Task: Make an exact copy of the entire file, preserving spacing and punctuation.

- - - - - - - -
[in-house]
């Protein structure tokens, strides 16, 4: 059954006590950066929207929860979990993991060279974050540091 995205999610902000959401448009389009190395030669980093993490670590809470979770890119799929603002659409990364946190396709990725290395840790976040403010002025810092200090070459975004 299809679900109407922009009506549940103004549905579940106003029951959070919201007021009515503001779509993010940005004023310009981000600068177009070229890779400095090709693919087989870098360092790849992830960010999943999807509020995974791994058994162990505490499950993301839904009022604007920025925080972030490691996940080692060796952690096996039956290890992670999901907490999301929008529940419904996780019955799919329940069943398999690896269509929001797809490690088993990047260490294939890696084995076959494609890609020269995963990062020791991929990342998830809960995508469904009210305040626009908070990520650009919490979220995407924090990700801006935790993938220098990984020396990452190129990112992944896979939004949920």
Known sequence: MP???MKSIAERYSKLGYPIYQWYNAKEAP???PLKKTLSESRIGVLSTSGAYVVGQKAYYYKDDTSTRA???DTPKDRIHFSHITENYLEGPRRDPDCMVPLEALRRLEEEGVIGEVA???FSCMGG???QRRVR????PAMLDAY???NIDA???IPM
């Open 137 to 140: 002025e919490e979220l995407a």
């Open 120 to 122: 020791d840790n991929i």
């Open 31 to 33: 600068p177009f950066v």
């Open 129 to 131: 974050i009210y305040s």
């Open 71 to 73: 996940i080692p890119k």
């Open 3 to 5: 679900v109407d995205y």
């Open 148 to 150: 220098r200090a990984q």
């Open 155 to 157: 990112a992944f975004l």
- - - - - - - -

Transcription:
[in-house]
């Protein structure tokens, strides 16, 4: 059954006590950066929207929860979990993991060279974050540091 995205999610902000959401448009389009190395030669980093993490670590809470979770890119799929603002659409990364946190396709990725290395840790976040403010002025810092200090070459975004 299809679900109407922009009506549940103004549905579940106003029951959070919201007021009515503001779509993010940005004023310009981000600068177009070229890779400095090709693919087989870098360092790849992830960010999943999807509020995974791994058994162990505490499950993301839904009022604007920025925080972030490691996940080692060796952690096996039956290890992670999901907490999301929008529940419904996780019955799919329940069943398999690896269509929001797809490690088993990047260490294939890696084995076959494609890609020269995963990062020791991929990342998830809960995508469904009210305040626009908070990520650009919490979220995407924090990700801006935790993938220098990984020396990452190129990112992944896979939004949920």
Known sequence: MP???MKSIAERYSKLGYPIYQWYNAKEAP???PLKKTLSESRIGVLSTSGAYVVGQKAYYYKDDTSTRA???DTPKDRIHFSHITENYLEGPRRDPDCMVPLEALRRLEEEGVIGEVA???FSCMGG???QRRVR????PAMLDAY???NIDA???IPM
């Open 137 to 140: 002025e919490e979220l995407a």
């Open 120 to 122: 020791d840790n991929i």
């Open 31 to 33: 600068p177009f950066v």
């Open 129 to 131: 974050i009210y305040s």
């Open 71 to 73: 996940i080692p890119k």
């Open 3 to 5: 679900v109407d995205y």
């Open 148 to 150: 220098r200090a990984q």
């Open 155 to 157: 990112a992944f975004l």